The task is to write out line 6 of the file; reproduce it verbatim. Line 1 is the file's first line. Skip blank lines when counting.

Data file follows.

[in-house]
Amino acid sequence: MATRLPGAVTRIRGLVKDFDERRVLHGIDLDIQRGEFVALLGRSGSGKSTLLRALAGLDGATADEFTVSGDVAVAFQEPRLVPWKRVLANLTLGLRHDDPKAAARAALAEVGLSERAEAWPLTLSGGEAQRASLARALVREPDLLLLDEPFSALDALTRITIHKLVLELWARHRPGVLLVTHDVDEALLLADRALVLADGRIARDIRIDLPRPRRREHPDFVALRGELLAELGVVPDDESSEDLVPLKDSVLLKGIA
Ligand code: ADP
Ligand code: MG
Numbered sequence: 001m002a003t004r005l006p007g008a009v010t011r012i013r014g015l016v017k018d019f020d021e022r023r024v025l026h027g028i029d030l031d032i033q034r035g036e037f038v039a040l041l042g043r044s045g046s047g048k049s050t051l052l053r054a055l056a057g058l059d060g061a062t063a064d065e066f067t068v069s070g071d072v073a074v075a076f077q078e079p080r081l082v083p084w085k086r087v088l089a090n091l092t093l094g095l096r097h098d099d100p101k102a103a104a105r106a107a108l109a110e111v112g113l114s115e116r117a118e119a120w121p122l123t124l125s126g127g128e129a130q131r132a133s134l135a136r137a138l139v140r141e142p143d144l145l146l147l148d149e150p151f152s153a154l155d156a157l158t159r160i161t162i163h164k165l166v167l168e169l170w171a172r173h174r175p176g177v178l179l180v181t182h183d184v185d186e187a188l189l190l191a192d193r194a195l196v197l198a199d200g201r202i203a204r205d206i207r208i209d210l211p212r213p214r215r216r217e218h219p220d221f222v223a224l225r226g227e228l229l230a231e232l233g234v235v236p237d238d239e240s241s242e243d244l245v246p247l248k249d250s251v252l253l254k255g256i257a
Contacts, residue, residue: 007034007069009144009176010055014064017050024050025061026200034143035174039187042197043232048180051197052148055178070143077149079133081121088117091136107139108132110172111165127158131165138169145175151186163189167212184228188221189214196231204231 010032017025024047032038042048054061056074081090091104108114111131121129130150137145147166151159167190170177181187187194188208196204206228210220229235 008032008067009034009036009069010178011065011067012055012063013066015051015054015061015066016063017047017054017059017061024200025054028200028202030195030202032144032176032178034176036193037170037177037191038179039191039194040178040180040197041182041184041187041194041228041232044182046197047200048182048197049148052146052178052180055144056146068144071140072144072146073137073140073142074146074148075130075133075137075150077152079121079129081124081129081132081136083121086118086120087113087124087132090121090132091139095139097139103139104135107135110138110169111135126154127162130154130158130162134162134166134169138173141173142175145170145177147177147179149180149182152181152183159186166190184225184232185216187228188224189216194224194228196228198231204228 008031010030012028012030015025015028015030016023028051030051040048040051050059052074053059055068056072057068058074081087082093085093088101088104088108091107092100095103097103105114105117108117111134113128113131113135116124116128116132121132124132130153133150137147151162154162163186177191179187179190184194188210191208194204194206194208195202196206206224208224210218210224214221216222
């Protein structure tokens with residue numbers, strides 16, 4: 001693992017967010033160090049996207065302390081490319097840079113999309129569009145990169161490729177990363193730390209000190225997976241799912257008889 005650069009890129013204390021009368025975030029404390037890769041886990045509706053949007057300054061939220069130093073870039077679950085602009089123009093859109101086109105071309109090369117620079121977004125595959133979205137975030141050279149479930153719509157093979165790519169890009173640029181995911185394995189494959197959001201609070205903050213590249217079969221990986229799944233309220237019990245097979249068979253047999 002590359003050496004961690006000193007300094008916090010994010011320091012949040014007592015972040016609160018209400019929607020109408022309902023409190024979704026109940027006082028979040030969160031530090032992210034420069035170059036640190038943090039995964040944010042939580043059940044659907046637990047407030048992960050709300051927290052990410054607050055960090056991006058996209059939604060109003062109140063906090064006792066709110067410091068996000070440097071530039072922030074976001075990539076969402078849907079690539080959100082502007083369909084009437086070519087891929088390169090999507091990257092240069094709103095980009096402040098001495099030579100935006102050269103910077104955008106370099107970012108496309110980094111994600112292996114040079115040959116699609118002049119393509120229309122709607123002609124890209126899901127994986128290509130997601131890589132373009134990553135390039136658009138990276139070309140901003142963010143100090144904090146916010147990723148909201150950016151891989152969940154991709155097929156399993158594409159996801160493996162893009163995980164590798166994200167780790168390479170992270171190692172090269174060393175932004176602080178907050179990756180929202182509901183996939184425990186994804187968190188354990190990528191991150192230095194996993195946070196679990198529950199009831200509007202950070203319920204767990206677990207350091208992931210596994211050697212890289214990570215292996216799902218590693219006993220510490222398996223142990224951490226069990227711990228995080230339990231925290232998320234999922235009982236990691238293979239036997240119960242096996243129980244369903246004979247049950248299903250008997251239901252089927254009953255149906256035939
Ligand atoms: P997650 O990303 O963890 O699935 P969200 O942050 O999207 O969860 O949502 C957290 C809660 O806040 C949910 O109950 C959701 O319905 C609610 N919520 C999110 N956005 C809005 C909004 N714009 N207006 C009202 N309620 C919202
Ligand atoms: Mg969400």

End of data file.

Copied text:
Contacts, residue, residue: 007034007069009144009176010055014064017050024050025061026200034143035174039187042197043232048180051197052148055178070143077149079133081121088117091136107139108132110172111165127158131165138169145175151186163189167212184228188221189214196231204231 010032017025024047032038042048054061056074081090091104108114111131121129130150137145147166151159167190170177181187187194188208196204206228210220229235 008032008067009034009036009069010178011065011067012055012063013066015051015054015061015066016063017047017054017059017061024200025054028200028202030195030202032144032176032178034176036193037170037177037191038179039191039194040178040180040197041182041184041187041194041228041232044182046197047200048182048197049148052146052178052180055144056146068144071140072144072146073137073140073142074146074148075130075133075137075150077152079121079129081124081129081132081136083121086118086120087113087124087132090121090132091139095139097139103139104135107135110138110169111135126154127162130154130158130162134162134166134169138173141173142175145170145177147177147179149180149182152181152183159186166190184225184232185216187228188224189216194224194228196228198231204228 008031010030012028012030015025015028015030016023028051030051040048040051050059052074053059055068056072057068058074081087082093085093088101088104088108091107092100095103097103105114105117108117111134113128113131113135116124116128116132121132124132130153133150137147151162154162163186177191179187179190184194188210191208194204194206194208195202196206206224208224210218210224214221216222